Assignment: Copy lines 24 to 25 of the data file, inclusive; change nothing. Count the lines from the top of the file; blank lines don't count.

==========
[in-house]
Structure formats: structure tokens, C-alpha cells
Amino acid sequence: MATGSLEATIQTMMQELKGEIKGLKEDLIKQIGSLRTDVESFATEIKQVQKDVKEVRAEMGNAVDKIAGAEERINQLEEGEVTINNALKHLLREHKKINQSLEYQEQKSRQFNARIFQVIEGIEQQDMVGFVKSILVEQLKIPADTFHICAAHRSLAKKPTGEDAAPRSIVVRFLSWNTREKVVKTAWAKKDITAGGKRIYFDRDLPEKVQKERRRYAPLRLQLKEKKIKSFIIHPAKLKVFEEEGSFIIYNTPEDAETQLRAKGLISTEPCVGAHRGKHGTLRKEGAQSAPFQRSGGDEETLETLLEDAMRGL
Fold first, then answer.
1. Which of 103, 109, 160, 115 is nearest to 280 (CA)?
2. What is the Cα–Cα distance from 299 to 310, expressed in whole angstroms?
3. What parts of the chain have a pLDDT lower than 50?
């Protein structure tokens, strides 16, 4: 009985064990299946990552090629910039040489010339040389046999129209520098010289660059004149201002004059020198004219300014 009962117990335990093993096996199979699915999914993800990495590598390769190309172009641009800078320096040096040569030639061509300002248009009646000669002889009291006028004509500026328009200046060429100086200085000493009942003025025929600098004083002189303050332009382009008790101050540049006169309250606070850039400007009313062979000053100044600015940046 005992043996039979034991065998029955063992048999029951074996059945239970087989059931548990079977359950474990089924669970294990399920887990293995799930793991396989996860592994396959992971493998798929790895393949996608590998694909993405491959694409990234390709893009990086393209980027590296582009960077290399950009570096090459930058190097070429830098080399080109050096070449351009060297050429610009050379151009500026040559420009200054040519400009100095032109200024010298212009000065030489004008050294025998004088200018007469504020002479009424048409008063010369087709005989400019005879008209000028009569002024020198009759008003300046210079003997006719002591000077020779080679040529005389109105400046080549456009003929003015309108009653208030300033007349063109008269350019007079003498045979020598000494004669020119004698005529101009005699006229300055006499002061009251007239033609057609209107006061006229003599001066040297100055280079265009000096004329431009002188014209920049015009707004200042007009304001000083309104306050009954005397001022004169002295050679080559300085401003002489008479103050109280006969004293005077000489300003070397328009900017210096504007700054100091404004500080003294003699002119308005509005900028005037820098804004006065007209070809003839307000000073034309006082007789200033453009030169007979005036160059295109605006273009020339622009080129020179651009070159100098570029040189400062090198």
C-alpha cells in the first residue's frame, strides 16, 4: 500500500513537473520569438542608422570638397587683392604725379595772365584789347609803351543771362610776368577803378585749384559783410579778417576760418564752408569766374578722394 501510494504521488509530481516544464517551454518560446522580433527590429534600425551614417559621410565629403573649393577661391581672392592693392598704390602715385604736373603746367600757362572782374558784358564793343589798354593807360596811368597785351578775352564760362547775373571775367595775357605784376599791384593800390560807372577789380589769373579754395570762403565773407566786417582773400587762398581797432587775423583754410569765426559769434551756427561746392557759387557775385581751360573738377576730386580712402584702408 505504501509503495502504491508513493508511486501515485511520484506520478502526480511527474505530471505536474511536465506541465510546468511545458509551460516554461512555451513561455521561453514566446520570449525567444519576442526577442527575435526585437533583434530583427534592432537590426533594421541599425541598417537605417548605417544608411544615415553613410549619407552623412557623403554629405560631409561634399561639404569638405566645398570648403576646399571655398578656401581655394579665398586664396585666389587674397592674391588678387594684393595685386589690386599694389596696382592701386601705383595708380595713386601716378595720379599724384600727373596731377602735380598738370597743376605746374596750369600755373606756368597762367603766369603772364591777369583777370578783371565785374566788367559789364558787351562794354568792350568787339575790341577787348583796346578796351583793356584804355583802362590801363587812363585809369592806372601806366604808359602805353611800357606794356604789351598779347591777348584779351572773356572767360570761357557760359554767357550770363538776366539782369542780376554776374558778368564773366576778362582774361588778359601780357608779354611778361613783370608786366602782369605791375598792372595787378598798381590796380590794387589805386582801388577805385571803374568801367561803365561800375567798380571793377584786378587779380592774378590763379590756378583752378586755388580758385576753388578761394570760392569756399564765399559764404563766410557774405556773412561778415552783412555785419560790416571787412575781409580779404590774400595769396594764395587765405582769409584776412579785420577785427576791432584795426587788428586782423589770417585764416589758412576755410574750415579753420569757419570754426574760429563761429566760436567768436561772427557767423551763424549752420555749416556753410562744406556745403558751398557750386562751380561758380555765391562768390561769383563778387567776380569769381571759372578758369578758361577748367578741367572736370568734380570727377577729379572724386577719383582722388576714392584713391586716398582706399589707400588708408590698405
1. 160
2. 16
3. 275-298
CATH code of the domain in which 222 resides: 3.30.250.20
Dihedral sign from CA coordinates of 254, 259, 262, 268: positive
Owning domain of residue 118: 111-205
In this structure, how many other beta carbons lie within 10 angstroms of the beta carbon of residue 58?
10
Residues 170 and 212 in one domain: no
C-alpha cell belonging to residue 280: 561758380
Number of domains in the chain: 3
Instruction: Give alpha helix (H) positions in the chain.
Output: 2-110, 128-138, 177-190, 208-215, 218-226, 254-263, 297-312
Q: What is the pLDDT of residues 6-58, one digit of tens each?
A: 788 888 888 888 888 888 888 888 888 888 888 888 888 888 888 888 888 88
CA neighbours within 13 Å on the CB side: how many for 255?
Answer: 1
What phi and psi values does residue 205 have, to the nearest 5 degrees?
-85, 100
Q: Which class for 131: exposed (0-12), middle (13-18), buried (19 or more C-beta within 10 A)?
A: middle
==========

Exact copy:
A: 788 888 888 888 888 888 888 888 888 888 888 888 888 888 888 888 888 88
CA neighbours within 13 Å on the CB side: how many for 255?